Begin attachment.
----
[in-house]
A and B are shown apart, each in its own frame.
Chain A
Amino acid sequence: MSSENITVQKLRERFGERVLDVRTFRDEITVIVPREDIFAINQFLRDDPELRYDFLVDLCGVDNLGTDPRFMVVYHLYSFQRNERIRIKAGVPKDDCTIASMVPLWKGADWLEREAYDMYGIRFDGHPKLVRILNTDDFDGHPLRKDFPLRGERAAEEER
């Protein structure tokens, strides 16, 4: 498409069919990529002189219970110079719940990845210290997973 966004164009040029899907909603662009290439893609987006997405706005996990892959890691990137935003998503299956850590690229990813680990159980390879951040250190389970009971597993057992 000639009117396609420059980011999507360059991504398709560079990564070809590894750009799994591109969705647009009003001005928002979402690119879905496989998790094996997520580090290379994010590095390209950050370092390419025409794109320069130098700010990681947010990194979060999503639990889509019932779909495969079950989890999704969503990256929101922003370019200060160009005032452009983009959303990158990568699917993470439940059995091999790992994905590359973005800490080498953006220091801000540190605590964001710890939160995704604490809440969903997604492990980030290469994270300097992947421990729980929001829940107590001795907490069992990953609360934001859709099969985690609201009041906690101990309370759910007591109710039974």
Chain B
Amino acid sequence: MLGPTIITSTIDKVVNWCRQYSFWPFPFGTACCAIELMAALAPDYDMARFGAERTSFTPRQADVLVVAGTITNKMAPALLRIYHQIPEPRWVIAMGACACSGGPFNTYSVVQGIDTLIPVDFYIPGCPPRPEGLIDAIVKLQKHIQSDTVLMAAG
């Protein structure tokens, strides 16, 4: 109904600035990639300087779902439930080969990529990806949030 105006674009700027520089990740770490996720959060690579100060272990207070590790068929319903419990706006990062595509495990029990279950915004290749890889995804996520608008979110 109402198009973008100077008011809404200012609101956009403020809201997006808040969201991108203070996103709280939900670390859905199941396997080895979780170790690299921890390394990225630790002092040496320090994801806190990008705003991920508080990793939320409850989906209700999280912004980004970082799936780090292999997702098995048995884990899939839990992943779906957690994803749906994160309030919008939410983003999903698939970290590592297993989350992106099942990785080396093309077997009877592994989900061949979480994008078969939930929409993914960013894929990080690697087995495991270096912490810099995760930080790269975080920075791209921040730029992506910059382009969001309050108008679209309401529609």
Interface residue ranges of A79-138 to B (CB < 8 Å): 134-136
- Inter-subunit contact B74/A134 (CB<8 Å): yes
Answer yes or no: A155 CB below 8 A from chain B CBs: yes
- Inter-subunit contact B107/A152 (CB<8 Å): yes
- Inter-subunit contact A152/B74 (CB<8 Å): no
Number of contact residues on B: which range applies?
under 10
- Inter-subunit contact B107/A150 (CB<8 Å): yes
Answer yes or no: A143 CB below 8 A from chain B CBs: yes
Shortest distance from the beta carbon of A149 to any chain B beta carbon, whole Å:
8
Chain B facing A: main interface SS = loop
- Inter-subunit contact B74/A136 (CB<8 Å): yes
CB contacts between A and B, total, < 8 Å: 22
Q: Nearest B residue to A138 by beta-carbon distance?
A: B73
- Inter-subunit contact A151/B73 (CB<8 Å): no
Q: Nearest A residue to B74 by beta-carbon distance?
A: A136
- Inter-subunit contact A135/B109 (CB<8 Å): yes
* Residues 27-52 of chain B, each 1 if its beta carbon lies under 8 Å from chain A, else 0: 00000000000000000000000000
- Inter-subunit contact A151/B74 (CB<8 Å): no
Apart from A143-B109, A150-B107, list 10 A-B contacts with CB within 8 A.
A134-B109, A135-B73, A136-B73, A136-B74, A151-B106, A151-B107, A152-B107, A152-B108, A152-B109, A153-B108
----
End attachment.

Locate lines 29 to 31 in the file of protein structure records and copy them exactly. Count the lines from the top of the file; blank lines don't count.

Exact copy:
* Residues 27-52 of chain B, each 1 if its beta carbon lies under 8 Å from chain A, else 0: 00000000000000000000000000
- Inter-subunit contact A151/B74 (CB<8 Å): no
Apart from A143-B109, A150-B107, list 10 A-B contacts with CB within 8 A.